Android adware tricks ad networks into thinking it’s an iPhone to make more money
Google has recently removed 22 Android apps from the Play Store. The apps were removed for abusing Android devices to load and click on ads behind the users’ backs.
The Google Play Store has been plagued by an adware epidemic these past few months, as ZDNet detailed in a previous article.
What made this particular Android adware campaign stand out wasn’t the fact that the infected apps clicked ads behind users’ backs, but the fact that the apps disguised the Android device as an iPhone in the eyes of online advertisers.
The reason for this highly unusual behavior is that ad networks value traffic from Apple devices more than Android, Linux, or Windows. This particular adware gang appears to have noticed this small detail and reacted accordingly.
22 adware apps found, downloaded more than 2 million times
Sophos Labs, the cyber-security firm which discovered these malicious apps and reported them to Google last month, said this adware operation appears to have started around June, this year.
Sophos malware researcher Chen Yu said the company identified 22 Android apps part of this campaign, all which have been collectively downloaded more than two million times from Google’s official Play Store. Of the 22 apps, the most popular app was Sparkle, an Android flashlight app downloaded more than one million times.
Curiously, three of the 22 apps were created back in 2016 and 2017, and earlier versions were deemed clean prior to the June releases, suggesting that the app maker, most likely the same dev, had a change of heart regarding the apps’ monetization strategy.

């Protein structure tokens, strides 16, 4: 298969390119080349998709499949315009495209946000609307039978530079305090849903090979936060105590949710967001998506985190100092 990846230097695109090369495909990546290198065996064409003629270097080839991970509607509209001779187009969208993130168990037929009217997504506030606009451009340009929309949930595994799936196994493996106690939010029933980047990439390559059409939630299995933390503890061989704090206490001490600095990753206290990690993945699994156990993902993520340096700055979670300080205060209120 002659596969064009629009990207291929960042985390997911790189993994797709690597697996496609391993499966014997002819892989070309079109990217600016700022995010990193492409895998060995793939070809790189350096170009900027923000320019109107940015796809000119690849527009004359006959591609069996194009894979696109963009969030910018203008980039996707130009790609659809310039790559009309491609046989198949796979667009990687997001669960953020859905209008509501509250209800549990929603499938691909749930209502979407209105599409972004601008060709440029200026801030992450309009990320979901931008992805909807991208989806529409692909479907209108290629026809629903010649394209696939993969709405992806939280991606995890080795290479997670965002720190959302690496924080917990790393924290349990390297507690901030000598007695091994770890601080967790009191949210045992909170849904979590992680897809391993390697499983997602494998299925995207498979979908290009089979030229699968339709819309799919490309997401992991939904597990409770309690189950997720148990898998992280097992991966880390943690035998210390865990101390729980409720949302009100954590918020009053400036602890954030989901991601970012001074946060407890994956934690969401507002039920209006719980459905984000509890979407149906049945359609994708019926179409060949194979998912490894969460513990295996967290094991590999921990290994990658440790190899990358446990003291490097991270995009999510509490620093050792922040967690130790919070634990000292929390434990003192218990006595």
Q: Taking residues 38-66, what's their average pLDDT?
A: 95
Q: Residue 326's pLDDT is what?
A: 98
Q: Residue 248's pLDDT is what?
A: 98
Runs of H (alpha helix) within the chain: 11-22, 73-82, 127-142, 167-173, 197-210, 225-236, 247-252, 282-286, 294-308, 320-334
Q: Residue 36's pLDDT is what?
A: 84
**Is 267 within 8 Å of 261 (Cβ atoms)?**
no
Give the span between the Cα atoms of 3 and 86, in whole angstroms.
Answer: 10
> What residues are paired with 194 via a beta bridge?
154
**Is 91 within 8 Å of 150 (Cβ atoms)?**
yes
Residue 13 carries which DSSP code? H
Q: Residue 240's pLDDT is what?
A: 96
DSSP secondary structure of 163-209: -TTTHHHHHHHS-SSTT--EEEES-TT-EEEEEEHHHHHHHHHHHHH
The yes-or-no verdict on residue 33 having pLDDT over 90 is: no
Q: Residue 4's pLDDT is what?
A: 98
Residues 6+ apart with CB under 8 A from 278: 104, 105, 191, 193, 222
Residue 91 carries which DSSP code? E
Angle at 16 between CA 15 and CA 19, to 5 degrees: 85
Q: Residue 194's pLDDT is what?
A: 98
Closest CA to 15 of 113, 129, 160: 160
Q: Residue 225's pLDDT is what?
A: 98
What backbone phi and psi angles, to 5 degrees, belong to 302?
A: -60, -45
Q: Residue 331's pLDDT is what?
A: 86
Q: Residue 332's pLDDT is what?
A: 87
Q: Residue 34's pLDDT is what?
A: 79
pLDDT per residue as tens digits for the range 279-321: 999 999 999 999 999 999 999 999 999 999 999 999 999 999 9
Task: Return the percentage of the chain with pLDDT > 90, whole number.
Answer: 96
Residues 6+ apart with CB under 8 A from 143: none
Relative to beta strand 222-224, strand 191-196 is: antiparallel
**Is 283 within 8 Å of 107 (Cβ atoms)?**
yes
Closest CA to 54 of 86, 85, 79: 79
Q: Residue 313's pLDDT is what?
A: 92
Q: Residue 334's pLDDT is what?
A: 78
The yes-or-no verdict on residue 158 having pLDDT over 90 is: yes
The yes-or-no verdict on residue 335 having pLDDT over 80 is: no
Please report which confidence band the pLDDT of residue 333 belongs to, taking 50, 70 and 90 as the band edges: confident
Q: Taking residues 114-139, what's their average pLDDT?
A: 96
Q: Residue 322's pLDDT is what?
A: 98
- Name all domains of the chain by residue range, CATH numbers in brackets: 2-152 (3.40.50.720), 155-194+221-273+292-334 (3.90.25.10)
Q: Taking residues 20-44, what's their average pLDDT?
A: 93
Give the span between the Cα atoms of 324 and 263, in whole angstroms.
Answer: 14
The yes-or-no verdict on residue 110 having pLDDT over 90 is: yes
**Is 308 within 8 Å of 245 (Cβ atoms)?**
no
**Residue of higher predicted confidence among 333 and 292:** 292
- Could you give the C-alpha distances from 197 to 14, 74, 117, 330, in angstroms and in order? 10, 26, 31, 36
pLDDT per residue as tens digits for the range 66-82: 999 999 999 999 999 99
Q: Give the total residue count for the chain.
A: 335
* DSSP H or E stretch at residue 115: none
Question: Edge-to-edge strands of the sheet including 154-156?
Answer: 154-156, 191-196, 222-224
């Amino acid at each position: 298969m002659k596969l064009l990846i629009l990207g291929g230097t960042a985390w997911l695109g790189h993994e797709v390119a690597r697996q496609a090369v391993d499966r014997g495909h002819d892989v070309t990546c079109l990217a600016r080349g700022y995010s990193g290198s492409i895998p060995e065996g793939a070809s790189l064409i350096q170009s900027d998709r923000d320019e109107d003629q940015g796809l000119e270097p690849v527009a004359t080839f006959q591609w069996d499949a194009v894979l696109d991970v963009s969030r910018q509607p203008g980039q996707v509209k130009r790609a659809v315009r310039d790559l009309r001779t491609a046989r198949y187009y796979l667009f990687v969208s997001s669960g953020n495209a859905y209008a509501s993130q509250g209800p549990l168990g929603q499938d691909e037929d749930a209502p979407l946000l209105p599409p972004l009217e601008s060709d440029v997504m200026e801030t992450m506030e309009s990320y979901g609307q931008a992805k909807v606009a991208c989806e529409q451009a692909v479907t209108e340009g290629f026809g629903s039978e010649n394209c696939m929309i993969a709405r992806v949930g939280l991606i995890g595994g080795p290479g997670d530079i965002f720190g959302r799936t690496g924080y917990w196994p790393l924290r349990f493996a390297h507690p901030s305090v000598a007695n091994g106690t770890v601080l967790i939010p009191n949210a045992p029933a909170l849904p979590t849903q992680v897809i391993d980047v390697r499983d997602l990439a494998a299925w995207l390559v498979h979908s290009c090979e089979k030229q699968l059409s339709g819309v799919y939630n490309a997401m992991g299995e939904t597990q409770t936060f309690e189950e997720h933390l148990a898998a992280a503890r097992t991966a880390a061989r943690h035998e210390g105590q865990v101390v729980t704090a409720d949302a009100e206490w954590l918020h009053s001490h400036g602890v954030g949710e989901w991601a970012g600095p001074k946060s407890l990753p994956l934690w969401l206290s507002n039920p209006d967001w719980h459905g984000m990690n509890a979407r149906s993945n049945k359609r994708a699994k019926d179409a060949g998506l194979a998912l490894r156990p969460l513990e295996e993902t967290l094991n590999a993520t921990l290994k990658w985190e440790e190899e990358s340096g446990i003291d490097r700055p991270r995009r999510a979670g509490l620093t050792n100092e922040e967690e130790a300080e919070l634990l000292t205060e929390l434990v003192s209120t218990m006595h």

In a detailed analysis of the adware’s modus operandi published last week, Chen said this particular strain was more aggressive than other previously discovered Android adware families.
Adware would re-start itself if shut down
The adware, which Sophos detects as Andr/Clickr-ad, would start a hidden browser window, change the browser’s UserAgent string to an iPhone, access particular pages, and mimic clicks on ads shown on the page, generating a profit for the adware operator.
The aggressive part, Chen said, was that these apps also contained code that automatically re-started themselves after three minutes if the user would have closed its process. Chen said this would lead to an increase in battery consumption on infected phones.
Furthermore, just like all modern adware strains, Andr/Clickr-ad also contained the ability to download and run other files, but the operators of this adware didn’t seem interested in abusing such functionality, being contempt with only generating profits via ad fraud.
Sophos published the list of all 22 apps that contained the malicious adware code. Chen said the same developers had also published iOS apps on the iTunes Store, but these apps didn’t appear to include the ad-clicking code.